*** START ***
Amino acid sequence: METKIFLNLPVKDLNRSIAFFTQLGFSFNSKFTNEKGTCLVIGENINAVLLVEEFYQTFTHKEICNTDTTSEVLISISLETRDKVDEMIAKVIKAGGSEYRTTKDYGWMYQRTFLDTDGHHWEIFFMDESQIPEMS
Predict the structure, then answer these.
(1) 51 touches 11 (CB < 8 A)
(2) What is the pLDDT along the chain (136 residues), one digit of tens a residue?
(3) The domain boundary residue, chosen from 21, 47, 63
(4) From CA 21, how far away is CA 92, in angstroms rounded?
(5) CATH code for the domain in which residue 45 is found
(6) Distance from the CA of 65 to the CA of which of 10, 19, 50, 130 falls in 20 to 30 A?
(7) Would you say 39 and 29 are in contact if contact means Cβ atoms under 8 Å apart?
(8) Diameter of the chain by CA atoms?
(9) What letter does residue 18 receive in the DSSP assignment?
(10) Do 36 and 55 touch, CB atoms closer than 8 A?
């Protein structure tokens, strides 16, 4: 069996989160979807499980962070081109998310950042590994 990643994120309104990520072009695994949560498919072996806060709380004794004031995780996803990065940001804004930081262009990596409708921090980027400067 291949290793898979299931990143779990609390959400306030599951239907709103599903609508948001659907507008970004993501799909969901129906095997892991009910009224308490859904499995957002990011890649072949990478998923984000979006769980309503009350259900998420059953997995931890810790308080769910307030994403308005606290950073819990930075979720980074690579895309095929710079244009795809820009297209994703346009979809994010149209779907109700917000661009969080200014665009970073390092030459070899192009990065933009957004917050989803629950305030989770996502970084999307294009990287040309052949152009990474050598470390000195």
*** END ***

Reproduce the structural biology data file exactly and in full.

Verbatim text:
Amino acid sequence: METKIFLNLPVKDLNRSIAFFTQLGFSFNSKFTNEKGTCLVIGENINAVLLVEEFYQTFTHKEICNTDTTSEVLISISLETRDKVDEMIAKVIKAGGSEYRTTKDYGWMYQRTFLDTDGHHWEIFFMDESQIPEMS
Predict the structure, then answer these.
(1) 51 touches 11 (CB < 8 A)
(2) What is the pLDDT along the chain (136 residues), one digit of tens a residue?
(3) The domain boundary residue, chosen from 21, 47, 63
(4) From CA 21, how far away is CA 92, in angstroms rounded?
(5) CATH code for the domain in which residue 45 is found
(6) Distance from the CA of 65 to the CA of which of 10, 19, 50, 130 falls in 20 to 30 A?
(7) Would you say 39 and 29 are in contact if contact means Cβ atoms under 8 Å apart?
(8) Diameter of the chain by CA atoms?
(9) What letter does residue 18 receive in the DSSP assignment?
(10) Do 36 and 55 touch, CB atoms closer than 8 A?
């Protein structure tokens, strides 16, 4: 069996989160979807499980962070081109998310950042590994 990643994120309104990520072009695994949560498919072996806060709380004794004031995780996803990065940001804004930081262009990596409708921090980027400067 291949290793898979299931990143779990609390959400306030599951239907709103599903609508948001659907507008970004993501799909969901129906095997892991009910009224308490859904499995957002990011890649072949990478998923984000979006769980309503009350259900998420059953997995931890810790308080769910307030994403308005606290950073819990930075979720980074690579895309095929710079244009795809820009297209994703346009979809994010149209779907109700917000661009969080200014665009970073390092030459070899192009990065933009957004917050989803629950305030989770996502970084999307294009990287040309052949152009990474050598470390000195």